Aspects Irish Literature Festival
The Bangor-based festival comes of age with another stellar line up
Born in 1991, the Aspects Irish Literature Festival has finally come of age. At 18-years-young, it is Northern Ireland's longest running literature festival, and in 2009 celebrates with a legal tipple or two, and a whole lot of wordy acknowledgements.
Friends of the festival, including poet Derek Mahon - a member of the famed Belfast Group that also included Seamus Heaney and Michael Longley - novelists John Boyne and Anne Enright, and a whole host of other wordsmiths will descend upon the harbour town of Bangor, County Down to raise a glass to the festival and join in mass appreciation with fans, friends and festival organisers.
Since its inception, Aspects has remained true to its original ethos, firstly to promote exclusively Irish writing in all its forms, from poetry and prose, to biography and journalism, and secondly to lure big-name writers, best-selling authors, Nobel Prize winning poets right through to the cutting-edge of emerging new talent, and house them all in the intimate of surroundings of the North Down Museum in Bangor (now expanded to include other venues throughout the borough).
As it comes of age in 2009, the festival can reflect upon the wealth of household names that have passed through its doors over the last 18 years (from Seamus Heaney to Marian Keyes, from Jack Higgins to Colin Bateman and Annie McCartney) and present another impressive programme of talks, readings, discussions, workshops and more.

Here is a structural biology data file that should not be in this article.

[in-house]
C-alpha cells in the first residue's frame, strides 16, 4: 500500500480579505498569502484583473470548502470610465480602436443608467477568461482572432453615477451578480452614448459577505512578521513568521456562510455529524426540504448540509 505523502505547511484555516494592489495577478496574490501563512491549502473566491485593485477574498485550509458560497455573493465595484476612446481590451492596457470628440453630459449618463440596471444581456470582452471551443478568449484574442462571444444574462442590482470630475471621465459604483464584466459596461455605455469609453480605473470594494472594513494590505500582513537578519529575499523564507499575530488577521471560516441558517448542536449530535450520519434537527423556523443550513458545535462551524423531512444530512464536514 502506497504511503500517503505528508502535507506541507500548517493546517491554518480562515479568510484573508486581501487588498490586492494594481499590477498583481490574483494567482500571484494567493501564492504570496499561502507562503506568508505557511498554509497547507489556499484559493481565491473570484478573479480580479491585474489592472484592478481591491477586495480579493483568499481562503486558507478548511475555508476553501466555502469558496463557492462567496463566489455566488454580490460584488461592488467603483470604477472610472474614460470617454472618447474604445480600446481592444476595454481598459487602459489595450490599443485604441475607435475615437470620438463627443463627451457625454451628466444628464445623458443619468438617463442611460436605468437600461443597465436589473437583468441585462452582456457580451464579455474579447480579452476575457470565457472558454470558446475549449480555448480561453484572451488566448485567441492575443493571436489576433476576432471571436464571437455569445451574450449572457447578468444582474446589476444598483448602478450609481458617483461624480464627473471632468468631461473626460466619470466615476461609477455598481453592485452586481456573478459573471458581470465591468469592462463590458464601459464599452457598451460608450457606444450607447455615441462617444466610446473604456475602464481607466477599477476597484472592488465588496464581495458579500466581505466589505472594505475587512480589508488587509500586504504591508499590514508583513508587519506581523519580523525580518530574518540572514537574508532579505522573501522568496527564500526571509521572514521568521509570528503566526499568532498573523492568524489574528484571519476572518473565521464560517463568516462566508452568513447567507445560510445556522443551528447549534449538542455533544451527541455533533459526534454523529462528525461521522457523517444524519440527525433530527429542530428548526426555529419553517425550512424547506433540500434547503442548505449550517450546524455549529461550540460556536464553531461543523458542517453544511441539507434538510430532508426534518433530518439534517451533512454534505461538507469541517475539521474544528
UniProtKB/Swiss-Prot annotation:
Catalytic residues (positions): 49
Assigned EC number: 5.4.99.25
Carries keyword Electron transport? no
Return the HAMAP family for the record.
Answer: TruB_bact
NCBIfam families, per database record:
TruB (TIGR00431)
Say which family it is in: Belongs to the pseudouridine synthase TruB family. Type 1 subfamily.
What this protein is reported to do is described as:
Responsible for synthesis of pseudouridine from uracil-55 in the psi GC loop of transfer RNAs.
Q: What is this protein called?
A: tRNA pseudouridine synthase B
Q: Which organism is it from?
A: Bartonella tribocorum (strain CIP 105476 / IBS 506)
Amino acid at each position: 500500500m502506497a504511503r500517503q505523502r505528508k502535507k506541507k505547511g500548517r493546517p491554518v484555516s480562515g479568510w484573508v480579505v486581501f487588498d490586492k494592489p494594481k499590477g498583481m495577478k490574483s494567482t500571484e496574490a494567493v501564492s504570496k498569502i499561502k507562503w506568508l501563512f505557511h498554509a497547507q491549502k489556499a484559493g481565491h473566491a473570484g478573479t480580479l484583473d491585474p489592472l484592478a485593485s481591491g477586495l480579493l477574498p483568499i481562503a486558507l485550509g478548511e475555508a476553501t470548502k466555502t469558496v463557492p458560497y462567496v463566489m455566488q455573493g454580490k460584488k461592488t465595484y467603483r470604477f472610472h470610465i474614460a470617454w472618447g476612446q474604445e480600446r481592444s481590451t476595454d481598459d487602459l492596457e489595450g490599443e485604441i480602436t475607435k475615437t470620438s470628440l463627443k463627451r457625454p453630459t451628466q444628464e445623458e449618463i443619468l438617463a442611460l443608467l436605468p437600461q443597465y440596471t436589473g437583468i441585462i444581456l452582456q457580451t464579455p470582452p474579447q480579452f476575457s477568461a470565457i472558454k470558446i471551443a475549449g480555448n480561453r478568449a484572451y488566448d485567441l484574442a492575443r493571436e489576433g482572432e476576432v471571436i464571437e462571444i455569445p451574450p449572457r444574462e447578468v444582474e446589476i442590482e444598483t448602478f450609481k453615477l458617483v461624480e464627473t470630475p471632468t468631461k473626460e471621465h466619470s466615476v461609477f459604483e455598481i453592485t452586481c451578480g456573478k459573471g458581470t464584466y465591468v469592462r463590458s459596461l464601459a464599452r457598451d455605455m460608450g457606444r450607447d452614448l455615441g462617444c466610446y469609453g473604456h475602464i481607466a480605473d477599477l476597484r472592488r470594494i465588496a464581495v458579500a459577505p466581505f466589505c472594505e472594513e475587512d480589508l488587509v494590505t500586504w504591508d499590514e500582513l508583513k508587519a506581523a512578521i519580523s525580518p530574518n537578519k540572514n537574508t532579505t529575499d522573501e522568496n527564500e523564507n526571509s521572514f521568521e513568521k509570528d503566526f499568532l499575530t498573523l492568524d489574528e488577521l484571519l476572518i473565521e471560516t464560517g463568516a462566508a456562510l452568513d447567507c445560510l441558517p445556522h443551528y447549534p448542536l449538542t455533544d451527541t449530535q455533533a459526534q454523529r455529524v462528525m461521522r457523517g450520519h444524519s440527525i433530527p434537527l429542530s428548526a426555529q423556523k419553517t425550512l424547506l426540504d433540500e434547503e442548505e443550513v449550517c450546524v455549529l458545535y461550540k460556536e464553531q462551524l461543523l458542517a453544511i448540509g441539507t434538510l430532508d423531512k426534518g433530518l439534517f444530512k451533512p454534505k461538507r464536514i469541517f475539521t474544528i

This year’s festival takes place between September 23 and 27, and includes readings from John Boyne (whose New York Times best-selling book The Boy in the Striped Pyjamas has sold in excess of 5 million copies worldwide) reading alongside Harry Clifton, introduced by eminent author and Aspects favourite Carlo Gebler; and Fergal Keane, one of the BBC’s most distinguished correspondents.
Winner of the 2007 Booker Prize Anne Enright will also appear, as will one of Ireland’s finest living poets, Derek Mahon. There will be talks from the only Irish journalist allowed into the inner circle of Barack Obama’s presidential campaign of 2008, Niall Stanage, and also the amateur golfer turned author John Richardson, whose book Dream On is fast becoming the talked-about sports novel of 2009.
The festival also runs a full fringe programme of music and readings at the Ava Bar's Vin Cafe, with music provided by Irish performer Luka Bloom.
The Bloomfield Young Aspects Programme will once again engage with over 1,500 young people from schools in the borough, and in North Down Museum’s Long Gallery the festival hosts a full audio-visual exhibition of the last 18 years of Aspects with posters, programmes and audio recordings of some of the most memorable readings and events.